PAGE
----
ISO graphical symbols enable the public to overcome challenges such as language barriers, or illiteracy so that they can understand safety messages and public warnings wherever they might be in the world.
To raise awareness about these symbols and teach the public to recognise the different meanings behind their various shapes and colours, ISO has developed a light-hearted, easy-to-read booklet.
Called ‘The international language of ISO graphical symbols’, the booklet follows the Smith family – featuring Mr and Mrs Smith, their two children and grandma – on holiday in the fictitious country of Ambrosia. Cartoons are used to tell the family’s story over a set of colourful A6-sized booklet panels.
Each panel depicts an adventure during the family’s trip and matches it to an ISO graphical symbol. From escaping a fire in their hotel, to rushing grandma to the hospital, a series of events enables the family to realise how the symbols can come to their aid by bridging language barriers.
A separate section explains the different shapes, colours and symbols used to convey important information. For instance, the booklet informs us that signs warning about hazards that could result in personal injury, or which pose a risk to health are illustrated as a yellow triangle with black borders and black symbols.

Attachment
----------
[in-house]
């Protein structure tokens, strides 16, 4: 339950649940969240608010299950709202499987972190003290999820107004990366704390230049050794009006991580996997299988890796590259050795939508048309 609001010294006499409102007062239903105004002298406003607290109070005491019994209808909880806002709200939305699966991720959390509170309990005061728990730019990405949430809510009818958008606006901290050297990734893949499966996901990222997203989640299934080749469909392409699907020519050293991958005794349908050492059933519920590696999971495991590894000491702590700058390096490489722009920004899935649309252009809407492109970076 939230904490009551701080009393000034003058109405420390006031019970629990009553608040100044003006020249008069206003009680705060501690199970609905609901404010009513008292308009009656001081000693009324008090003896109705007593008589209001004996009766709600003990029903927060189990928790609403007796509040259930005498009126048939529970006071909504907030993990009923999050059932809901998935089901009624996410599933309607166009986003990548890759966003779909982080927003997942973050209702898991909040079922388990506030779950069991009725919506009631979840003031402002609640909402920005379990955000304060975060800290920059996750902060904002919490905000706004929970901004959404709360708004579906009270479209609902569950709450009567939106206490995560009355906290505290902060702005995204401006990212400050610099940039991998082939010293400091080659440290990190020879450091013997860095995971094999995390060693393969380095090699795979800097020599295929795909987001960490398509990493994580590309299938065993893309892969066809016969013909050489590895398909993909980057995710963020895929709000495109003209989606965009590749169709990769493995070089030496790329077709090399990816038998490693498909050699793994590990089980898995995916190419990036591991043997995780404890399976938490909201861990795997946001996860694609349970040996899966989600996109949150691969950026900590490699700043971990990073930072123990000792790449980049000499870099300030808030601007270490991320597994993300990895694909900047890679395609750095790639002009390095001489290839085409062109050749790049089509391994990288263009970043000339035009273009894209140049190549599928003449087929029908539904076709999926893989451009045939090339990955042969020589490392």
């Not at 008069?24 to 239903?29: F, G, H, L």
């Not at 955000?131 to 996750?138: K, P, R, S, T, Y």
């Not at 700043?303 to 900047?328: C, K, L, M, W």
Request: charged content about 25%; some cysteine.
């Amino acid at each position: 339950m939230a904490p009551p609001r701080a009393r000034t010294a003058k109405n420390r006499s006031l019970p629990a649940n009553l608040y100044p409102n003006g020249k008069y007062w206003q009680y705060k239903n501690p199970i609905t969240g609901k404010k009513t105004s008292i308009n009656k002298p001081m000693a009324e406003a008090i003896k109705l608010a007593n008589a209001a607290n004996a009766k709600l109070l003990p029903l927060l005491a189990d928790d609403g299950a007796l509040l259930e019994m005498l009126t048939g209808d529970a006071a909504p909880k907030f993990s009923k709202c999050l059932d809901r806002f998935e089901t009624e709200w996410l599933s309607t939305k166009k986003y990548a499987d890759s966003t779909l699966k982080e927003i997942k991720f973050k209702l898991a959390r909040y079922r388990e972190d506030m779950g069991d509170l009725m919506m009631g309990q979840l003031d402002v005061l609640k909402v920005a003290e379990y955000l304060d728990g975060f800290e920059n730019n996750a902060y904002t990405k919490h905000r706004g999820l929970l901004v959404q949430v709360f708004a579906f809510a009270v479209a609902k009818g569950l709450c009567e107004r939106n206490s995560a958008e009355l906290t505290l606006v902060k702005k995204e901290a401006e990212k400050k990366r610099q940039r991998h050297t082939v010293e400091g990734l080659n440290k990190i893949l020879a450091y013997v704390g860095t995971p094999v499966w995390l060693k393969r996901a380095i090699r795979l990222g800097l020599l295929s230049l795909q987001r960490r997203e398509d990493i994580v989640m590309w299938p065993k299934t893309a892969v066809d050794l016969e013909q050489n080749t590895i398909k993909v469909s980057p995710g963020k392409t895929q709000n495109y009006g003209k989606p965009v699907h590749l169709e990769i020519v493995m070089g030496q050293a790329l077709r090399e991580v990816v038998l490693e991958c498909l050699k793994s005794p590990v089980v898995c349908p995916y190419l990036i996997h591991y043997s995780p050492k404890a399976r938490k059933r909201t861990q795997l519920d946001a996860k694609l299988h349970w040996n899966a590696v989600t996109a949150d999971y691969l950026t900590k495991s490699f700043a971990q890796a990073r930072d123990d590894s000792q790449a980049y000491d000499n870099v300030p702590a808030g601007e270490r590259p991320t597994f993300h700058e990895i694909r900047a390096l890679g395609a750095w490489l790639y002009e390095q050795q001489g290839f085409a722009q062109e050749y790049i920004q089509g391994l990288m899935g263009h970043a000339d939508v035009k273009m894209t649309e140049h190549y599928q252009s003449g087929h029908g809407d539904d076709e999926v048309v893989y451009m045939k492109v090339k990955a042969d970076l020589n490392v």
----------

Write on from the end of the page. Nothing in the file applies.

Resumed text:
Intended as a public information tool, the booklet will also be helpful to professionals directly concerned with public safety and services.
“The booklet highlights the importance of graphical symbols as a way to communicate without words,” says Dana Kissinger-Matray, secretary of the ISO Committee for consumer policy.
“No matter where you are in the world, ISO graphical symbols can help you understand important directions, product features, and other aspects of daily life – such as where the lifts are for wheelchair users, or what areas to keep away from if you have a pacemaker – as well as helpful services such as where you can rent a car, or find a hotel.”
The graphical symbols featured in the booklet have been primarily drawn from ‘ISO 7001, Graphical symbols – public information symbols’ and ‘ISO 7010, Graphical Symbols – Safety colours and safety signs – Registered safety signs’.
‘The international language of ISO graphical symbols’ (English only, pp 33, ISBN 978 92 67 10521 5) is available free of charge (fee for postage and handling) by e-mailing email@example.com It can also be downloaded as a PDF file free of charge from www.iso.org